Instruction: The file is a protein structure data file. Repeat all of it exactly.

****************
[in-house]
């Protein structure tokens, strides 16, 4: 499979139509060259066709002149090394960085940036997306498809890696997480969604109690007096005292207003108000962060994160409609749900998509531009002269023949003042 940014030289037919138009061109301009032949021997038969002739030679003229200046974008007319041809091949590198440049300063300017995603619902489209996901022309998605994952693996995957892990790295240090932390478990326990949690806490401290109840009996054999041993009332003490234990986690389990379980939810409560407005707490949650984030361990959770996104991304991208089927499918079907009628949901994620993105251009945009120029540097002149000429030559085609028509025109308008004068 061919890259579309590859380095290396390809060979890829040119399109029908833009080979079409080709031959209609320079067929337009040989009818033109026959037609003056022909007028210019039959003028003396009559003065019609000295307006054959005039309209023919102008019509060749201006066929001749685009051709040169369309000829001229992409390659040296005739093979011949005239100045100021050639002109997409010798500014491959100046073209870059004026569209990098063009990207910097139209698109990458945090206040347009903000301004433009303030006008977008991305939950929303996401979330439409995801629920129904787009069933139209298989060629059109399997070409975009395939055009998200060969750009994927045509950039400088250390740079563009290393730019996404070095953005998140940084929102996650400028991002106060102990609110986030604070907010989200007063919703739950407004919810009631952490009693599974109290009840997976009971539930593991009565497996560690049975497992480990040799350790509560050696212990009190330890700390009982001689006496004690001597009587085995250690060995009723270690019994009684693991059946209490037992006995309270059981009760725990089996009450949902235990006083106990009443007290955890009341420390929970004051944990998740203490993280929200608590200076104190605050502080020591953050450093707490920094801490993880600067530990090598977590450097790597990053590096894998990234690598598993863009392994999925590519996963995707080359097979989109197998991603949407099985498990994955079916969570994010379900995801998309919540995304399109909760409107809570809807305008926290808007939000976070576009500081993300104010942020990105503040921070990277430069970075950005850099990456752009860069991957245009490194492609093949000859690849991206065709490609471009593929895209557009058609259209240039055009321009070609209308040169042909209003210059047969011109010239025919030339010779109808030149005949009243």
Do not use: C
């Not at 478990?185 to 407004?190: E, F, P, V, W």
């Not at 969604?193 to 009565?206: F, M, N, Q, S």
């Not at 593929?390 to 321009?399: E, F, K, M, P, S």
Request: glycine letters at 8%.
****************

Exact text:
[in-house]
């Protein structure tokens, strides 16, 4: 499979139509060259066709002149090394960085940036997306498809890696997480969604109690007096005292207003108000962060994160409609749900998509531009002269023949003042 940014030289037919138009061109301009032949021997038969002739030679003229200046974008007319041809091949590198440049300063300017995603619902489209996901022309998605994952693996995957892990790295240090932390478990326990949690806490401290109840009996054999041993009332003490234990986690389990379980939810409560407005707490949650984030361990959770996104991304991208089927499918079907009628949901994620993105251009945009120029540097002149000429030559085609028509025109308008004068 061919890259579309590859380095290396390809060979890829040119399109029908833009080979079409080709031959209609320079067929337009040989009818033109026959037609003056022909007028210019039959003028003396009559003065019609000295307006054959005039309209023919102008019509060749201006066929001749685009051709040169369309000829001229992409390659040296005739093979011949005239100045100021050639002109997409010798500014491959100046073209870059004026569209990098063009990207910097139209698109990458945090206040347009903000301004433009303030006008977008991305939950929303996401979330439409995801629920129904787009069933139209298989060629059109399997070409975009395939055009998200060969750009994927045509950039400088250390740079563009290393730019996404070095953005998140940084929102996650400028991002106060102990609110986030604070907010989200007063919703739950407004919810009631952490009693599974109290009840997976009971539930593991009565497996560690049975497992480990040799350790509560050696212990009190330890700390009982001689006496004690001597009587085995250690060995009723270690019994009684693991059946209490037992006995309270059981009760725990089996009450949902235990006083106990009443007290955890009341420390929970004051944990998740203490993280929200608590200076104190605050502080020591953050450093707490920094801490993880600067530990090598977590450097790597990053590096894998990234690598598993863009392994999925590519996963995707080359097979989109197998991603949407099985498990994955079916969570994010379900995801998309919540995304399109909760409107809570809807305008926290808007939000976070576009500081993300104010942020990105503040921070990277430069970075950005850099990456752009860069991957245009490194492609093949000859690849991206065709490609471009593929895209557009058609259209240039055009321009070609209308040169042909209003210059047969011109010239025919030339010779109808030149005949009243």
Do not use: C
């Not at 478990?185 to 407004?190: E, F, P, V, W």
């Not at 969604?193 to 009565?206: F, M, N, Q, S």
């Not at 593929?390 to 321009?399: E, F, K, M, P, S």
Request: glycine letters at 8%.